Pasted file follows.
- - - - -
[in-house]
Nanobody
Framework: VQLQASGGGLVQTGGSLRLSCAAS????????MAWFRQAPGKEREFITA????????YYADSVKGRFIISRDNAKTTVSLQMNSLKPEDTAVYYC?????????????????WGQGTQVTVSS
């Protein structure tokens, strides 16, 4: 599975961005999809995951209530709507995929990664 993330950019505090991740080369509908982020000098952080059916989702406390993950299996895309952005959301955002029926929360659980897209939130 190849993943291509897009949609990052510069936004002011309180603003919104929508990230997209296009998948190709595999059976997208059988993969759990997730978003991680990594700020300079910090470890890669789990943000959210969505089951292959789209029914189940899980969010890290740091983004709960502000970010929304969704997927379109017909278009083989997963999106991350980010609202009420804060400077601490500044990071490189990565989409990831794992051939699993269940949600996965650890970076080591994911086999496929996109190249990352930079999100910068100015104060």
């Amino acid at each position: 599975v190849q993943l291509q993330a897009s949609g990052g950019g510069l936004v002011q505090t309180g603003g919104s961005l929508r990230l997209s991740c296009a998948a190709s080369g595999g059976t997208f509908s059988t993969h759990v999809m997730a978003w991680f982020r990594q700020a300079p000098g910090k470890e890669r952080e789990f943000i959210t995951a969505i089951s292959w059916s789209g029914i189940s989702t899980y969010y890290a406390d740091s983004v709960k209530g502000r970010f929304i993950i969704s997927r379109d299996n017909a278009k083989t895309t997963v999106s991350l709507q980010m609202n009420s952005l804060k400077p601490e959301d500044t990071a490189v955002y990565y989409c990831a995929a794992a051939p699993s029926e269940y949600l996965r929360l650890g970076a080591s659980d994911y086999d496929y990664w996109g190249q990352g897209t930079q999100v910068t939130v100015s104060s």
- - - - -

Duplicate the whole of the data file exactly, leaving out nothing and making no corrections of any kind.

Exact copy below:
[in-house]
Nanobody
Framework: VQLQASGGGLVQTGGSLRLSCAAS????????MAWFRQAPGKEREFITA????????YYADSVKGRFIISRDNAKTTVSLQMNSLKPEDTAVYYC?????????????????WGQGTQVTVSS
């Protein structure tokens, strides 16, 4: 599975961005999809995951209530709507995929990664 993330950019505090991740080369509908982020000098952080059916989702406390993950299996895309952005959301955002029926929360659980897209939130 190849993943291509897009949609990052510069936004002011309180603003919104929508990230997209296009998948190709595999059976997208059988993969759990997730978003991680990594700020300079910090470890890669789990943000959210969505089951292959789209029914189940899980969010890290740091983004709960502000970010929304969704997927379109017909278009083989997963999106991350980010609202009420804060400077601490500044990071490189990565989409990831794992051939699993269940949600996965650890970076080591994911086999496929996109190249990352930079999100910068100015104060």
């Amino acid at each position: 599975v190849q993943l291509q993330a897009s949609g990052g950019g510069l936004v002011q505090t309180g603003g919104s961005l929508r990230l997209s991740c296009a998948a190709s080369g595999g059976t997208f509908s059988t993969h759990v999809m997730a978003w991680f982020r990594q700020a300079p000098g910090k470890e890669r952080e789990f943000i959210t995951a969505i089951s292959w059916s789209g029914i189940s989702t899980y969010y890290a406390d740091s983004v709960k209530g502000r970010f929304i993950i969704s997927r379109d299996n017909a278009k083989t895309t997963v999106s991350l709507q980010m609202n009420s952005l804060k400077p601490e959301d500044t990071a490189v955002y990565y989409c990831a995929a794992a051939p699993s029926e269940y949600l996965r929360l650890g970076a080591s659980d994911y086999d496929y990664w996109g190249q990352g897209t930079q999100v910068t939130v100015s104060s």